June 20, 2015
By Michael Lewis
Dempsey deserves a nice, long, stiff ban
I always thought that if Clint Dempsey was going to get into trouble again, it would be because of his elbows and not his hands.
Clint Dempsey was suspended three goals by Major League Soccer, which will allow him to play in the CONCACAF Gold Cup.
Linda Cuttone/Sports Vue Images
Dempsey has a history of doing damage to the jaws of opponents in the past and as I have learned from covering sports all these years, old habits die hard.
But then again sometimes you get surprised, especially concerning Dempsey's conduct during the Seattle Sounders' loss to the Portland Timbers in the Lamar Hunt/U.S. Open Cup on Tuesday night.
Dempsey, if you don't know, received his second yellow card of the night in the 114th minute for dissent. He then was awarded a straight red for grabbing referee Daniel Radford's notebook, throwing it to the turf and ripping it up.
Soccer America reported that Radford had never officiated a Major League Soccer game, but PRO assigned him the match anyway.
On Friday, Major League Soccer slapped Dempsey with a three-game ban, citing referee abuse and not referee assault, which would have meant more games.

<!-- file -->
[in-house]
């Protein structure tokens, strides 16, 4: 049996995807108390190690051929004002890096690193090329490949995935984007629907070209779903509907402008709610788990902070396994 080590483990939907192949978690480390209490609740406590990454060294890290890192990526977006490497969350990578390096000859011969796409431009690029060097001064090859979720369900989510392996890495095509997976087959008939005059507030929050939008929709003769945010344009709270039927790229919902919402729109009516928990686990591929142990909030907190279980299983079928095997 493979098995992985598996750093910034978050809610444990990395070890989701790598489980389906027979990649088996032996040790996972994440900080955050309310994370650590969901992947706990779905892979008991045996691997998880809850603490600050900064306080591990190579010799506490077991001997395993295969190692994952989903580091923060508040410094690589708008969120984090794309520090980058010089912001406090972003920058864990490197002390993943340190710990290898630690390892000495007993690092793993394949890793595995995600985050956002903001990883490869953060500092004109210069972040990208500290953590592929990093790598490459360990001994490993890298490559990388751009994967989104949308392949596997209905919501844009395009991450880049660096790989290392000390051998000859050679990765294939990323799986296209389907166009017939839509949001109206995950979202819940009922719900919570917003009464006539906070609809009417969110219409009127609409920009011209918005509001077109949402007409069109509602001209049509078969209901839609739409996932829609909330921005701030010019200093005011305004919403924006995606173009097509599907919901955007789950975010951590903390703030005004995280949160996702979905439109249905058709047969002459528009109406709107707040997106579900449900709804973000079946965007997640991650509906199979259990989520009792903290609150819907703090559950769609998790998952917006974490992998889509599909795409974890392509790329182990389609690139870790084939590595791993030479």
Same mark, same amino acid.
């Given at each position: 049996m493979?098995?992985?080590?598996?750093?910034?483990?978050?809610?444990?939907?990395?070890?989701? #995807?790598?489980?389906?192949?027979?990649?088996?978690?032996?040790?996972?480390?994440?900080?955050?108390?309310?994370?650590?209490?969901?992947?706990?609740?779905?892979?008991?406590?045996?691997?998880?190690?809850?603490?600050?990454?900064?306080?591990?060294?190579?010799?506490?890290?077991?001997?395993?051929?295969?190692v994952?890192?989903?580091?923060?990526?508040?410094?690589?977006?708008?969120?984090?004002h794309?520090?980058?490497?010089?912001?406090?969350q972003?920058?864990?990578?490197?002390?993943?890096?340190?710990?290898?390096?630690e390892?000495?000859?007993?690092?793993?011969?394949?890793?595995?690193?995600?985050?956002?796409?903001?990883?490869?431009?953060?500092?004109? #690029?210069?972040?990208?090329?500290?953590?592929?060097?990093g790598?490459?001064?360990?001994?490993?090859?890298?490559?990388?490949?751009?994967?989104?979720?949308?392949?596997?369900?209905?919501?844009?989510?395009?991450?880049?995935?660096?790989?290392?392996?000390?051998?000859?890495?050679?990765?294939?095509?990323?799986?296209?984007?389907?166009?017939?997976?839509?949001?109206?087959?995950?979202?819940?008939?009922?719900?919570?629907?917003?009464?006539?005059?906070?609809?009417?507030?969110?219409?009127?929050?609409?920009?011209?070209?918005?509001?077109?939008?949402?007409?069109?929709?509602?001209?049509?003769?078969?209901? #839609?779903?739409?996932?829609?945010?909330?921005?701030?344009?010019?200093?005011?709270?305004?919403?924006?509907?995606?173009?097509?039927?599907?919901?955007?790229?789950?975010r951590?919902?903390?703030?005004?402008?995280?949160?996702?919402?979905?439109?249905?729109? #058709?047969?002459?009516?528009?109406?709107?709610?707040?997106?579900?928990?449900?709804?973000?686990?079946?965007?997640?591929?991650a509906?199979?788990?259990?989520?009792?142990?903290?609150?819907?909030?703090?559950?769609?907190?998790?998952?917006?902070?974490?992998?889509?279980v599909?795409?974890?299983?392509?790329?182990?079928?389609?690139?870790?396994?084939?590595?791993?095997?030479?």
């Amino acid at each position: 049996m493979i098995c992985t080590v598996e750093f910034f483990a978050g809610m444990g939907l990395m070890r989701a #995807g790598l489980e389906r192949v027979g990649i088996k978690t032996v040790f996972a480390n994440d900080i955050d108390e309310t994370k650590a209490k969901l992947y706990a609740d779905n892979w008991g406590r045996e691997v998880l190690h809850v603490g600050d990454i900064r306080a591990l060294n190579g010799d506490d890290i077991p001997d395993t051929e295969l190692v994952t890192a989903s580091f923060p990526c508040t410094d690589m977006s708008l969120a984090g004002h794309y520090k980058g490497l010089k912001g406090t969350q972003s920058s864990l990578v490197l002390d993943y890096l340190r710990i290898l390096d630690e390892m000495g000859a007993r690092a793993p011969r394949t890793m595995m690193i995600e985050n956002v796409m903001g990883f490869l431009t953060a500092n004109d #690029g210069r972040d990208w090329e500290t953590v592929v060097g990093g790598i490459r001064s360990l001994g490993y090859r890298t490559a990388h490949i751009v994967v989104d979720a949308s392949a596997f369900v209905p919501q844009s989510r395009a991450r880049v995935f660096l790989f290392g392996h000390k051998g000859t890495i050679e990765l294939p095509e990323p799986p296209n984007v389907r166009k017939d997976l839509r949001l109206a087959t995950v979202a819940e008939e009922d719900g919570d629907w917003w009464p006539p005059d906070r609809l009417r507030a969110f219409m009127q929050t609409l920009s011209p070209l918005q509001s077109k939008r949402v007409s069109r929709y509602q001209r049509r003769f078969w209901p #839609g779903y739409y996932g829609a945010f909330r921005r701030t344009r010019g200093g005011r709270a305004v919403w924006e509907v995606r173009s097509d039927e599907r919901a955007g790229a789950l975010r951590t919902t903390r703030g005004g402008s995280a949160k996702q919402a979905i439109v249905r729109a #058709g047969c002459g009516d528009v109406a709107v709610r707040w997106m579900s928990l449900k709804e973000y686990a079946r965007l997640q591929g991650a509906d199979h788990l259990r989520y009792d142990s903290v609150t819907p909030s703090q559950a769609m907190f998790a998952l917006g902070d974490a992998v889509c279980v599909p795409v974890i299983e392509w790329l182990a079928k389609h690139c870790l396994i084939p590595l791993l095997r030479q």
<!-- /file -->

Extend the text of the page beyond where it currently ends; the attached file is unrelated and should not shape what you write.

Yours truly would have loved to have seen a longer suspension, such as double that amount.
A three-game ban meant that Dempsey will miss the Sounders' next three MLS games and not the CONCACAF Gold Cup. How convenient.
As for the Open Cup, I think a multi-year ban is in order. Yes, I said year, not game (he Open Cup adjudication and disciplinary panel could make a ruling as earlier as next week).
You just don't do that type of things to referees, no matter how poorly he or she is officiating the game.
Sometimes authorities have to set an example, even of a big-time name, to remind players who is the boss. If the penalties aren't stringent enough, there could be similar incidents in the future.
One thing is certain: the notebook incident will hover over Dempsey's participation in the Gold Cup, not unlike Hope Solo's domestic violence issues and history have in the Women's World Cup.
Like it or not, American pro and international soccer are becoming so much more like the other American professional sports, and not always for the right reasons.